Mark X Company is the maker of farm and specialty trailers. The company has fallen on difficult times and wants their bank, Wells Fargo, to extend a loan for working capital and an expansion of their current facilities. Mark X feels this will help the company increase sales and therefore improve their financial situation. Wells Fargo is leery of extending any additional funds to Mark X based on their current financial situation and their most recent liquidity and debt ratios. For the background of this case we have used anticipated ratios to complete forecast tables and also some pro forma financial statements. These tools should help us to analyze the position and sensitivity of the company. We also will use several ratios to discuss the standing of the company and how those ratios could vary as some of the relevant input data changes. In this case, we looked at how sensitive the company’s results are in accordance to changes in the sales growth rate, the cost of goods sold percentages and the administrative expenses. To help to show these relationships and sensitivity analysis we will model graphs to see the effect of the changing information along with evaluating several other factors in our decision. We believe the bank should extend the additional short term loan to Mark X. Despite the fact that certain variables do show some sensitivity to each other, most of them appear to be faintly sensitive to changes, we believe that Mark X will still be able to sufficiently pay off the short term loan that they already have through the bank and the loan they are requesting and still maintain sufficient cash reserves. It is also our position that the company will need to be monitored more closely and it would be in their best interest to more efficiently manage their assets and strive to achieve the goals that they have projected.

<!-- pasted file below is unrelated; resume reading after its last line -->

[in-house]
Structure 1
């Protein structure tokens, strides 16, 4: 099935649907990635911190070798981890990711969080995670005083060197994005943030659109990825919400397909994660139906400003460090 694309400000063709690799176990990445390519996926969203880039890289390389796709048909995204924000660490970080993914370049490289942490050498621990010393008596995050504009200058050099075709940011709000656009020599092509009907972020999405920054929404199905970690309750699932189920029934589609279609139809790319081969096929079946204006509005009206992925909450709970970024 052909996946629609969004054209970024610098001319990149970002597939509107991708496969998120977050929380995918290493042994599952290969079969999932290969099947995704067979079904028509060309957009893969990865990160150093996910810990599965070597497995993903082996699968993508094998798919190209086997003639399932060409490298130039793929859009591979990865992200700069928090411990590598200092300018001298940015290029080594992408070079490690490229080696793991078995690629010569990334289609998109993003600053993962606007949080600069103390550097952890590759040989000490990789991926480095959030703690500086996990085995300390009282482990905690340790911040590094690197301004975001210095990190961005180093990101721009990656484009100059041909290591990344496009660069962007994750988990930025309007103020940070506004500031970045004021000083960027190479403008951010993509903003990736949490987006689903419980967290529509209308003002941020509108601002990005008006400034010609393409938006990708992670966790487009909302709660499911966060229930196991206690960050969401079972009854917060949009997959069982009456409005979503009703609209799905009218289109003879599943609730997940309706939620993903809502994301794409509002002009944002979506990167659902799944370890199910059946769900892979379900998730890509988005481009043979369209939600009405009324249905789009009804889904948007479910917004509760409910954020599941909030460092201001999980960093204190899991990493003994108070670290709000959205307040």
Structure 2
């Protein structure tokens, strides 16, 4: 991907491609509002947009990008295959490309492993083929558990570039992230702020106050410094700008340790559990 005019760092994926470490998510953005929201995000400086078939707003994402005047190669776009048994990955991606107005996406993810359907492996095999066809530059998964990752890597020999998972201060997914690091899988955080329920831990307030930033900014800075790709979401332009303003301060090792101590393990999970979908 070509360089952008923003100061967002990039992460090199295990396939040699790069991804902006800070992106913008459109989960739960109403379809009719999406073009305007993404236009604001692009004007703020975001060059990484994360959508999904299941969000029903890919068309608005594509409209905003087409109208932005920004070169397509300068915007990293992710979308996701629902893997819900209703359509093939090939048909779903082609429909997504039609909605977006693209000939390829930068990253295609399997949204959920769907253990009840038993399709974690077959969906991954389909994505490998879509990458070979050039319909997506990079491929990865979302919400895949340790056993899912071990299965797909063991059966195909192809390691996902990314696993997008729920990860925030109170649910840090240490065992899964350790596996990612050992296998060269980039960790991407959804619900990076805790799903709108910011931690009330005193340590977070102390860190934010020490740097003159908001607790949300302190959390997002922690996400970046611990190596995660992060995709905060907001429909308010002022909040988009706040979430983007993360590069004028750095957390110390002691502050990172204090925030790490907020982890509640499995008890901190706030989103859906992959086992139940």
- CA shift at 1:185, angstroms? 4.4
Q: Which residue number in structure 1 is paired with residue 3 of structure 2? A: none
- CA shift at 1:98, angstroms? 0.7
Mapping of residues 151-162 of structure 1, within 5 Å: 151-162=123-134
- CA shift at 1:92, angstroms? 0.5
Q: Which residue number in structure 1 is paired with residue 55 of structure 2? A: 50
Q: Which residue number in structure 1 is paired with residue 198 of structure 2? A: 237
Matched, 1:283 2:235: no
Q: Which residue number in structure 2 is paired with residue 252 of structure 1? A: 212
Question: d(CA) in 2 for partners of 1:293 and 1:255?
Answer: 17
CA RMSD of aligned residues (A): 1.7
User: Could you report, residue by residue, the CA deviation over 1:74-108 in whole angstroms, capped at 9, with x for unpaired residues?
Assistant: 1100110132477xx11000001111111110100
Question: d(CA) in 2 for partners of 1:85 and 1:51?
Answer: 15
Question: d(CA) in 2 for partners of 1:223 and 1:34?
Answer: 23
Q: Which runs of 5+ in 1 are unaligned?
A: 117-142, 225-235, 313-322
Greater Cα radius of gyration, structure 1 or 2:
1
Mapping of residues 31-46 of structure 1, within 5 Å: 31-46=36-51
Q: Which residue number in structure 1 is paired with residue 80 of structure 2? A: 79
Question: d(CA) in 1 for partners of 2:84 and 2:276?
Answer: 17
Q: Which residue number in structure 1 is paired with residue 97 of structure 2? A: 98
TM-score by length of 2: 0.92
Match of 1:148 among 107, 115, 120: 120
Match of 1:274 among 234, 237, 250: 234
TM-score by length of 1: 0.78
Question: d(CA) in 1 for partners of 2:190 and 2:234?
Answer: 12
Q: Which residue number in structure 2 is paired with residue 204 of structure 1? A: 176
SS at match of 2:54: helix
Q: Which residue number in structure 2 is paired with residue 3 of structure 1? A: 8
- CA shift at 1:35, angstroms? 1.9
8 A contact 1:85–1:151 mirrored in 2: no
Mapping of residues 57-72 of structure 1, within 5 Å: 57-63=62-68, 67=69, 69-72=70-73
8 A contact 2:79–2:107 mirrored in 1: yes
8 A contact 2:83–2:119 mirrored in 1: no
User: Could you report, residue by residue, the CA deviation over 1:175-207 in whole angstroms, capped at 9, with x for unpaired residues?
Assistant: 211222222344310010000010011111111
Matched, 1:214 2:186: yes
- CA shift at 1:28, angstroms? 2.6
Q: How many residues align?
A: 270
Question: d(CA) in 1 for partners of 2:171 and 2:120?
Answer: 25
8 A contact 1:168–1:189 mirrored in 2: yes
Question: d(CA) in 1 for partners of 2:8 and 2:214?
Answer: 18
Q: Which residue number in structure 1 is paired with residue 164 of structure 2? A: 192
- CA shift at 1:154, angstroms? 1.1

Mark X is trying to convince Wells Fargo Bank to extend a short term loan of $6,375,000. This loan will be fundamental in Mark X to expand their business which will lead to increasing their sales, net income and stockholders’ wealth. If the bank extends the loan, will Mark X be able to repay the debt based on projected sales increases and projected decreases in their cost of goods sold percentage and administration and selling expenses? How sensitive are the results based on these variable changes? The case also asks us to make a recommendation for the bank to follow and justify our decision. It also encourages us to explain how the bank could leverage themselves to where that are less adverse to the risk of extending the loan and giving examples of how the bank could accomplish that(guarantees, collateral,..).
In 1993, sales were projected to increase by 10%, the cost of goods sold was 82.5% of sales and selling and administration costs were projected to be 8% of sales. This resulted in a net income of $6,099,000. We analyzed the sensitivity of net income, retained earnings, cash and total assets by using a projected sales range between 5% and 15%. We also looked at a range of cost of goods sold percentages between 80% and 85%. Lastly, we evaluated the selling and administration expense with a range from 5.5% to 10.5%. In 1994, sales were projected to increase by 15%, cost of goods sold set at 80% of sales and administration and selling costs to 7.5% of sales. This resulted in a net income of $13,172,000. We again analyzed the sensitivity of net income, retained earnings, cash and total assets by using a projected sales range between 10% and 20%. We used a projected range of cost of goods sold percentages from 77.5 to 82.5% and lastly, we analyzed the selling and administration expense with a range from 5% to 10%.
For each variable that we evaluated we have created data tables to show how the changing percentages would affect the net income of the company which in turn would affect the retained earnings...